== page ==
- CEE 595EWS Energy and Water Sustainability Seminar (0 hours; all semesters enrolled in the program)
EaSE Program Certificate Requirements (for non-thesis MS students and PhD students)
To meet the requirements of the College of Engineering graduate certificate program in Energy and Sustainability Engineering (EaSE), students must take the following two courses:
- ENG 471 Seminar on Energy & Sustainable Engineering (1 hour)
- ENG 571 Theory of Energy & Sustainable Engineering (3 hours)
and must take two courses in a chosen area of specialization (from a sub-category within the specialization), and third course from a different area of specialization. At least one of the three courses shall be from outside of the student’s home department (a cross-listing out of department does not qualify). See ease.illinois.edu for a complete listing of the specialization categories and sub-categories.
B. Elective Courses
Students should select remaining elective courses in consultation with their adviser to create an organized plan leading to the desired specialization as well as program breadth. In addition to advanced electives in CEE, a variety of courses are available across campus that are related to energy-water-environment sustainability that can be used to partially fulfill the remaining required credit hours for the MS and Ph.D. Students may also select other courses not listed in agreement with their adviser. It is expected that students specializing in EWES will also obtain depth in one of the traditional areas of civil and environmental engineering to complement their expertise in energy and water sustainability. This is an important issue that EWES students should discuss closely with their academic adviser.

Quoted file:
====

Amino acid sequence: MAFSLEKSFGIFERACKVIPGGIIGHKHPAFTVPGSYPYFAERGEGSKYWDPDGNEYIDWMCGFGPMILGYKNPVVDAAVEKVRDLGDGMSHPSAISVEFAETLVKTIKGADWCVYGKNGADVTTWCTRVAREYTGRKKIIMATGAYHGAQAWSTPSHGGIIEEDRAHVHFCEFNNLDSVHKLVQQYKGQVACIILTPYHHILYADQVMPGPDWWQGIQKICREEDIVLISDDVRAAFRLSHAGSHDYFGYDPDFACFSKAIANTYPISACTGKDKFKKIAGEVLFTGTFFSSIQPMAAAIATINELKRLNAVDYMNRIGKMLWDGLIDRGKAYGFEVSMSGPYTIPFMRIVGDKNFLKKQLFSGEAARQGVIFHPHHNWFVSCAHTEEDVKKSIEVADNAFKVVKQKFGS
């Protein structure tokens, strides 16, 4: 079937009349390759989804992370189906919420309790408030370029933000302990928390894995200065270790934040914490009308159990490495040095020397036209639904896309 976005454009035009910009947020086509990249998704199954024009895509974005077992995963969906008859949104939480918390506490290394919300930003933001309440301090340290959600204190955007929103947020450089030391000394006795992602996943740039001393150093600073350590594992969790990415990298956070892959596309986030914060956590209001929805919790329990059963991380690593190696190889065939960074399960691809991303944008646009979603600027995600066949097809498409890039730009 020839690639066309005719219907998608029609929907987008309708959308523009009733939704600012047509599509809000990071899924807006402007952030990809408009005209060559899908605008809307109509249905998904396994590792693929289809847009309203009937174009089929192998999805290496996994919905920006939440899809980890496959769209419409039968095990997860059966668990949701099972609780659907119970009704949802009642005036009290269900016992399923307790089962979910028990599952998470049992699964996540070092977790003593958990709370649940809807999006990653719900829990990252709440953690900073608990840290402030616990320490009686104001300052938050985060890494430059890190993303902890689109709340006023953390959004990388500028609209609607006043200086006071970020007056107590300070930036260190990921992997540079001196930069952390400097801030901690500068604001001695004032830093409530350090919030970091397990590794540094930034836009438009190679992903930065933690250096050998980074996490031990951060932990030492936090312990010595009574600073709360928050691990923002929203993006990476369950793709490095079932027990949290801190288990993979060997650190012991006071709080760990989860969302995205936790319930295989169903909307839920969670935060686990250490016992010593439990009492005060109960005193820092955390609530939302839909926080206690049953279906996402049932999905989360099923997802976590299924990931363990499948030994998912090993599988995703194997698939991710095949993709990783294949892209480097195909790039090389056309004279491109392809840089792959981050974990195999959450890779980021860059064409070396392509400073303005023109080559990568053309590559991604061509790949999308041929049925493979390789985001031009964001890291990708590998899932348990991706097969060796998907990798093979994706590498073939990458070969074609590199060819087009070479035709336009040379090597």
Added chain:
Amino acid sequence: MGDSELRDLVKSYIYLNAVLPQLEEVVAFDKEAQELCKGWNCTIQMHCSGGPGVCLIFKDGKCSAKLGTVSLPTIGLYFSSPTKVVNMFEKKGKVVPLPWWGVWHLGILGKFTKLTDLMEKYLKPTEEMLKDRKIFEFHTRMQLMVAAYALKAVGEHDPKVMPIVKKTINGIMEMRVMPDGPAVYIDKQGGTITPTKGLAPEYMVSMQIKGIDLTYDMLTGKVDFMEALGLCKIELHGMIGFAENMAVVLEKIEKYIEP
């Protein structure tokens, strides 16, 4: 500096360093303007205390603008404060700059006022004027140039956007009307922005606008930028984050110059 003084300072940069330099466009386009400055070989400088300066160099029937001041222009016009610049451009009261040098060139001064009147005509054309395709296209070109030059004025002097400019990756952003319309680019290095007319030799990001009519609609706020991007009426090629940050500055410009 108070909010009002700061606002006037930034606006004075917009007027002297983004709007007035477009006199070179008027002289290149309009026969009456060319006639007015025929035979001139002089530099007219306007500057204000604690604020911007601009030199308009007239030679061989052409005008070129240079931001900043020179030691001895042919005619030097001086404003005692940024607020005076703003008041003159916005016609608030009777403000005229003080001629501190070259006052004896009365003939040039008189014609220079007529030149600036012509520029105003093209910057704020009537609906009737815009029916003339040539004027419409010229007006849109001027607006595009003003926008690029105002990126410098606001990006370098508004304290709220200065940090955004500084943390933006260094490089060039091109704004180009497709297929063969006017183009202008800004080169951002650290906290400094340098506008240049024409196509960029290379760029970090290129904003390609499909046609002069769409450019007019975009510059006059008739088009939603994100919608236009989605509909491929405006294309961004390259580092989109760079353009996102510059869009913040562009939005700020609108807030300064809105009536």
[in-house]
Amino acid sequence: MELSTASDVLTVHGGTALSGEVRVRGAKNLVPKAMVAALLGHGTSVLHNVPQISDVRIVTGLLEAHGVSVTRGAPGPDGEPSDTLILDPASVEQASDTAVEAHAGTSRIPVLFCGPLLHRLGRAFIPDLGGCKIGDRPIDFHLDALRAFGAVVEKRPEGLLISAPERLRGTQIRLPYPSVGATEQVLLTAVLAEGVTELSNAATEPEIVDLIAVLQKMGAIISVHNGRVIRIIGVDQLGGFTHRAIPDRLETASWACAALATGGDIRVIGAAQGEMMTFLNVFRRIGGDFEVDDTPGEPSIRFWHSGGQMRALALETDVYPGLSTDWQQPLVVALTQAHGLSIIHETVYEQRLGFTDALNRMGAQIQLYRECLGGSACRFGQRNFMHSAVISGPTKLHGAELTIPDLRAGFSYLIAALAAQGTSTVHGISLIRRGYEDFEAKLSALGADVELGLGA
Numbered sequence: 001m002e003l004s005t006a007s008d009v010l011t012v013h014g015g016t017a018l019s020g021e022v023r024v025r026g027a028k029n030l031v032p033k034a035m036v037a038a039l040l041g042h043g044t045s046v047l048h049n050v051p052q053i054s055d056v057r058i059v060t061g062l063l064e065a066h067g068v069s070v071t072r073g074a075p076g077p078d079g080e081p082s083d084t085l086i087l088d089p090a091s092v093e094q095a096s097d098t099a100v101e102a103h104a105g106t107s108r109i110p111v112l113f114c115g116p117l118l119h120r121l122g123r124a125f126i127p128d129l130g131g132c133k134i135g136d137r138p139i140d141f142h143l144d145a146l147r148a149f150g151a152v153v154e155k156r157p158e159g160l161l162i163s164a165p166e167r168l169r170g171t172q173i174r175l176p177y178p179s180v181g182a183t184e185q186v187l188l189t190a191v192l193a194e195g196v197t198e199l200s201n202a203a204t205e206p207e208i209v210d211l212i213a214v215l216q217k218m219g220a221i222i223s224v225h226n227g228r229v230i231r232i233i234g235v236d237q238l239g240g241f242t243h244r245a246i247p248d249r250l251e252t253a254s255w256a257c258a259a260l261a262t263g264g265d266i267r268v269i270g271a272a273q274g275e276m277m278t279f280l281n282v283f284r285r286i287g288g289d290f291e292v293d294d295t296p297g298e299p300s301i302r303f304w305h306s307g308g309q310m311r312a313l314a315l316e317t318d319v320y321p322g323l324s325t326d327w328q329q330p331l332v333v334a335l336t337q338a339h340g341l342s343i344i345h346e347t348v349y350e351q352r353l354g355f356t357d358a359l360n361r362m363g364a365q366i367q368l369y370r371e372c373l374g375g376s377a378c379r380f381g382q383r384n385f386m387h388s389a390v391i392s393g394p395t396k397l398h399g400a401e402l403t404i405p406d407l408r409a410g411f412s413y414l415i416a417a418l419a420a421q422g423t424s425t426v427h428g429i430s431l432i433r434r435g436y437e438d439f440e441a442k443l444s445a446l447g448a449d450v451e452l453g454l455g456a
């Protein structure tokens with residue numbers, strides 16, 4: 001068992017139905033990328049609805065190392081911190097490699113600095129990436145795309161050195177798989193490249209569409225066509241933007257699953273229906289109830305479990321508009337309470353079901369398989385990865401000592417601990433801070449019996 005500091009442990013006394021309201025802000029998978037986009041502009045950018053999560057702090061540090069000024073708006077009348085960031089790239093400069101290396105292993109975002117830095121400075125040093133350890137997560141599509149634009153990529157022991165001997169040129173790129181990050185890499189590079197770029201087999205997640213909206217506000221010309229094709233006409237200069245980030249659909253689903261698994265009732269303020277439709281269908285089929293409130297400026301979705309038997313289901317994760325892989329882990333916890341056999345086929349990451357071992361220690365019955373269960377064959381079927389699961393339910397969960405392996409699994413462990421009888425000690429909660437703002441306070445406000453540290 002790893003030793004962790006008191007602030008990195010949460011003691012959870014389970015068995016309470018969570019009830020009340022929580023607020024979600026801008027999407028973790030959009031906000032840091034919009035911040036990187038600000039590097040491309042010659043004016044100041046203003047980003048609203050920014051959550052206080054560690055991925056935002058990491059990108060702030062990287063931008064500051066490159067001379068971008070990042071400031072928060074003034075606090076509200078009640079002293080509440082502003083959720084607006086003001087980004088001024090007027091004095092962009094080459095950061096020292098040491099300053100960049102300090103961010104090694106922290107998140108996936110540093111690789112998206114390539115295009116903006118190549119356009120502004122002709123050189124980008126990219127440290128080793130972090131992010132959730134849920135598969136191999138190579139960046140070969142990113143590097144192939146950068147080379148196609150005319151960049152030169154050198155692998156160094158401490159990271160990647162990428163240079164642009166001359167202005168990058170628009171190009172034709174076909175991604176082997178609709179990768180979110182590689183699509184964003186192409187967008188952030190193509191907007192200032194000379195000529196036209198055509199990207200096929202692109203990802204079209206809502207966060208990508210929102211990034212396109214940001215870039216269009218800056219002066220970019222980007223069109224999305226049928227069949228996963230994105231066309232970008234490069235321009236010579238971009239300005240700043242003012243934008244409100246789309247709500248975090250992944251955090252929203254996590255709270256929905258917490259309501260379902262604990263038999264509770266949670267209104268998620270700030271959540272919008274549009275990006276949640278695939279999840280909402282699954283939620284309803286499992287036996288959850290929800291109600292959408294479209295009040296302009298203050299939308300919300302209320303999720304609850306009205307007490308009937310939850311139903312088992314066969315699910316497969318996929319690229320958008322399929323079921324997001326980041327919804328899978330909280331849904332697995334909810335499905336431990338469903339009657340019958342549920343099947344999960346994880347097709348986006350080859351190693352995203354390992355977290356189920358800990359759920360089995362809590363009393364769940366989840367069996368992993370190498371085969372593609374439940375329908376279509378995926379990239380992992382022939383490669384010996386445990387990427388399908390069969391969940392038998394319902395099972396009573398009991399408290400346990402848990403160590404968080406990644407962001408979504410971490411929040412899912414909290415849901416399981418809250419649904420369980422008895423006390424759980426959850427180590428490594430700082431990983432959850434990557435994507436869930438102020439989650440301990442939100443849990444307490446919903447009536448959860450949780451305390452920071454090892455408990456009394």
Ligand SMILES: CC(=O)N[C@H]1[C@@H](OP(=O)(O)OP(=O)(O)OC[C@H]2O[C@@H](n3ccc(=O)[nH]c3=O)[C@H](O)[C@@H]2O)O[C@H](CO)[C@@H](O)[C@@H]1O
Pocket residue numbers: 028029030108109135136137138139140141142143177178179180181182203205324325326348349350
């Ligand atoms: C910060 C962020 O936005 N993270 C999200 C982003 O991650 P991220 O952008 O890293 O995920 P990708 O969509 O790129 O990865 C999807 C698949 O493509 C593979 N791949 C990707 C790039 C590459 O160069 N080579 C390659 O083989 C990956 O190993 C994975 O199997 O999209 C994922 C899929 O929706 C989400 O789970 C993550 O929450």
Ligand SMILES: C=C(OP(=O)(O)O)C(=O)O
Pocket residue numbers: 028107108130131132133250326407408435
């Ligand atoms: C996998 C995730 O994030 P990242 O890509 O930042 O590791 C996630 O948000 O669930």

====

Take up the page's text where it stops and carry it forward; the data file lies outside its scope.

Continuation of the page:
C. Elective Requirements for Environmental Engineering Degrees
Students interested in earning environmental engineering degrees instead of civil engineering degrees should select their electives in consultation with their academic adviser so that the electives also meet the following requirements.
Masters Degree in Environmental Engineering
- Either CEE 442 (Env Eng Principles, Physical) or CEE 451 (Environmental Fluid Mechanics)
- One of the following courses: CEE 443 (Env Eng Principles, Chemical), CEE 444 (Env Eng Principles, Biological), or CEE 447 (Atmospheric Chemistry)
- At least one of the following additional principles courses: CEE 443, CEE 444, CEE 434 (Environmental Systems I), CEE 440 (Fate Cleanup Environ Pollut), CEE 441 (Air Pollution Sources, Transport and Control), CEE 447 (Atmospheric Chemistry), CEE 450 (Surface Water Hydrology), CEE 453 (Urban Hydrology and Hydraulics), CEE 457 (Groundwater)
- At least one 500-level course selected from the EES or EHHE programs
PhD Degree in Environmental Engineering
- Student must meet the requirements of the MS program outlined above or have previously received the MS degree in environmental engineering
- Student will take the CEE interdisciplinary qualifying exam
- The student must include at least one EE faculty member on the qualifying exam committee and the PhD final exam committee
Areas of Study and Research
Construction Engineering Management